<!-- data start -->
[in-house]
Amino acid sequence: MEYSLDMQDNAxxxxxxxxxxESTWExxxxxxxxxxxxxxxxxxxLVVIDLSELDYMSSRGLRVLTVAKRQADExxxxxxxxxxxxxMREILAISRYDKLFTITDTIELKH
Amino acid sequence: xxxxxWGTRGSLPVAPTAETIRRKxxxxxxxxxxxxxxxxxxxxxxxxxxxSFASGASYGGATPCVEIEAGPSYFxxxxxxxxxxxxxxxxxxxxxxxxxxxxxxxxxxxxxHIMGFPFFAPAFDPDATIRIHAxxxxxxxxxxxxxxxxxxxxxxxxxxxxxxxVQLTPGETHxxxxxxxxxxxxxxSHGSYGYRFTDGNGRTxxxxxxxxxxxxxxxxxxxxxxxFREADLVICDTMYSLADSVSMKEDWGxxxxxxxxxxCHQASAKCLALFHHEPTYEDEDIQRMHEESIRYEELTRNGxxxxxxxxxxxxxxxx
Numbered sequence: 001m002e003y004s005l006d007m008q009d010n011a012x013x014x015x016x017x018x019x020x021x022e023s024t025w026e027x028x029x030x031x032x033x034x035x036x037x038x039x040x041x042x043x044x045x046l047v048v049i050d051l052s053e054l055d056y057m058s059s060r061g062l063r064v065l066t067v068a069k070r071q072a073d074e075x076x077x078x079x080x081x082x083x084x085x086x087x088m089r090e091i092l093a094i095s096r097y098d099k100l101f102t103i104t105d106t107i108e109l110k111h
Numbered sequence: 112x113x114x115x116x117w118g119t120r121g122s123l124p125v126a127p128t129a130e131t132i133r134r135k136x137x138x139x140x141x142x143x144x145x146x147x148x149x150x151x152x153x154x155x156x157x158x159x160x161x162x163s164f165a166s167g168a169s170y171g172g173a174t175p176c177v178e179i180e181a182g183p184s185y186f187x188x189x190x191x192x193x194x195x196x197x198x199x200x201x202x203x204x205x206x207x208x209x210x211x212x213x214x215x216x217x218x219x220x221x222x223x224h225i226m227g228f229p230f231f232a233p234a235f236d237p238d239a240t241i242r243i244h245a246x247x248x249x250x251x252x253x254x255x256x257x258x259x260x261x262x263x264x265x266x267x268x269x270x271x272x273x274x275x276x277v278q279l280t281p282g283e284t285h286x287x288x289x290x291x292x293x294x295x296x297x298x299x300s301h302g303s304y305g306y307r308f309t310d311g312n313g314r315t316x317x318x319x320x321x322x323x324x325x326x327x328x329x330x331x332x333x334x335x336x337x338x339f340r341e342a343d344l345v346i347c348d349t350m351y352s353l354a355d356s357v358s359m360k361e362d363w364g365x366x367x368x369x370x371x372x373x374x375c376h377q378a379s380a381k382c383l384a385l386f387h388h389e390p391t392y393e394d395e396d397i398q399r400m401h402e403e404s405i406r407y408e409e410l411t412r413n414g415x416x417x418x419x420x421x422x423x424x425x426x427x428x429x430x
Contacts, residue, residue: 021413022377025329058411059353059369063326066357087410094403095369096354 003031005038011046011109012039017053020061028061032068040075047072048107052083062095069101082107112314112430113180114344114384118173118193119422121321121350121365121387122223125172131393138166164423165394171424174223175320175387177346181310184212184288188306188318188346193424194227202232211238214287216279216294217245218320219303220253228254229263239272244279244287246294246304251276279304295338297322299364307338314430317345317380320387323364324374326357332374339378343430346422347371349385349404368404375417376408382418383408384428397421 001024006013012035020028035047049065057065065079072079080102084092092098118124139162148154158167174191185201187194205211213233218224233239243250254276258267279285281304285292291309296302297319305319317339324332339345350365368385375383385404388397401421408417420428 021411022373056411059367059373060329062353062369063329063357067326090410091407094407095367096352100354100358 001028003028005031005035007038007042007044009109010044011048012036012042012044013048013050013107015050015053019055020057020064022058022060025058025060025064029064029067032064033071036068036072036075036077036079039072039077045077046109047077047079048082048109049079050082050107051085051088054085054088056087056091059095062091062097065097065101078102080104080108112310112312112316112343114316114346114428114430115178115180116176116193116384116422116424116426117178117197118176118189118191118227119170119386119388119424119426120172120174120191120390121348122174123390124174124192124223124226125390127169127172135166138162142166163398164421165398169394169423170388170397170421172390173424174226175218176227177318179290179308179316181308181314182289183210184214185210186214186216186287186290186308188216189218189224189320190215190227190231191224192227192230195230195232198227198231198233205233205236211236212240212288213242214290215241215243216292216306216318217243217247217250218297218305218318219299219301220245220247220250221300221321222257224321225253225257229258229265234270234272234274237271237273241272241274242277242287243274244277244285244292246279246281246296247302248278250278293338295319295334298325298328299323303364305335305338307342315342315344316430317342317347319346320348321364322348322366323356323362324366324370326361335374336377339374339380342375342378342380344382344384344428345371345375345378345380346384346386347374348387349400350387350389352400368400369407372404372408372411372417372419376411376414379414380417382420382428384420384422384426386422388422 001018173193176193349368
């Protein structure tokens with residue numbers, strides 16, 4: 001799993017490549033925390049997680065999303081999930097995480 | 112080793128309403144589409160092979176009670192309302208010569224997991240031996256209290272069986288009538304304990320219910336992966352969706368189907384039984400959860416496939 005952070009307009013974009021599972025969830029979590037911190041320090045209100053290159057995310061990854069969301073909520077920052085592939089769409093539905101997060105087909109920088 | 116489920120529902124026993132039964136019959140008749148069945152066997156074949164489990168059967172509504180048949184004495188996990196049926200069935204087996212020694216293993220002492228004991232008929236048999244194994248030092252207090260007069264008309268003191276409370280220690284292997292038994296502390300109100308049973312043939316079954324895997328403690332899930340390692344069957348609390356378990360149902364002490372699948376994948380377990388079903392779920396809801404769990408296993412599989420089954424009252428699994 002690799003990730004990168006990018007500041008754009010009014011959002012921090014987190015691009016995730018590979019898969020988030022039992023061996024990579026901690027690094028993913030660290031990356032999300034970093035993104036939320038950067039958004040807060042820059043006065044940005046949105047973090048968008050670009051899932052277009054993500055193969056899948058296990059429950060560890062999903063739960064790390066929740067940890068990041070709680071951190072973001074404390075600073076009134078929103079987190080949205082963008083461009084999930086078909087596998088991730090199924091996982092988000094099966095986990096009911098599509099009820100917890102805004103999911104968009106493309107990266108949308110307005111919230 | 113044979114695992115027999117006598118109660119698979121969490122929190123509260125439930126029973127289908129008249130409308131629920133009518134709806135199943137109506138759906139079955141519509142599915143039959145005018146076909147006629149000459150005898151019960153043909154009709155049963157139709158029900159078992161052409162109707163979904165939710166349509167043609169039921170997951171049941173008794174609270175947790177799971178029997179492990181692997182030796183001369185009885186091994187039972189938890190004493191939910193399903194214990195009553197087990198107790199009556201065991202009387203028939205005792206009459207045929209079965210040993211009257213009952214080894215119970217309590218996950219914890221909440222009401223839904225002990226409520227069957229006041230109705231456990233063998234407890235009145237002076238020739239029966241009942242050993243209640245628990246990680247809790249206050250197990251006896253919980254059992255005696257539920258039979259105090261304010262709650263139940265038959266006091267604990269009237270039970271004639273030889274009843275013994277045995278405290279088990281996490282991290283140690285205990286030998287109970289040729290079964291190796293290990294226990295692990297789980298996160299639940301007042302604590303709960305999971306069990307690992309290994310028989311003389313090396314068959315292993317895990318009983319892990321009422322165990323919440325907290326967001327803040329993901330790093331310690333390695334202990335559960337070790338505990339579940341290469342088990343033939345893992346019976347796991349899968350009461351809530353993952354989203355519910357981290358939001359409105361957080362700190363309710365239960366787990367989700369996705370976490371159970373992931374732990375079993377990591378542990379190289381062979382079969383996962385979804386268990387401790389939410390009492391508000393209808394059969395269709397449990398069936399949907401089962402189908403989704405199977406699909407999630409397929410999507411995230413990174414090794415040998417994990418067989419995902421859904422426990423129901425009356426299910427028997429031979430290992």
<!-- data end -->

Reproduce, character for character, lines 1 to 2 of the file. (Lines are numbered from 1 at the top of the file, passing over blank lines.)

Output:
[in-house]
Amino acid sequence: MEYSLDMQDNAxxxxxxxxxxESTWExxxxxxxxxxxxxxxxxxxLVVIDLSELDYMSSRGLRVLTVAKRQADExxxxxxxxxxxxxMREILAISRYDKLFTITDTIELKH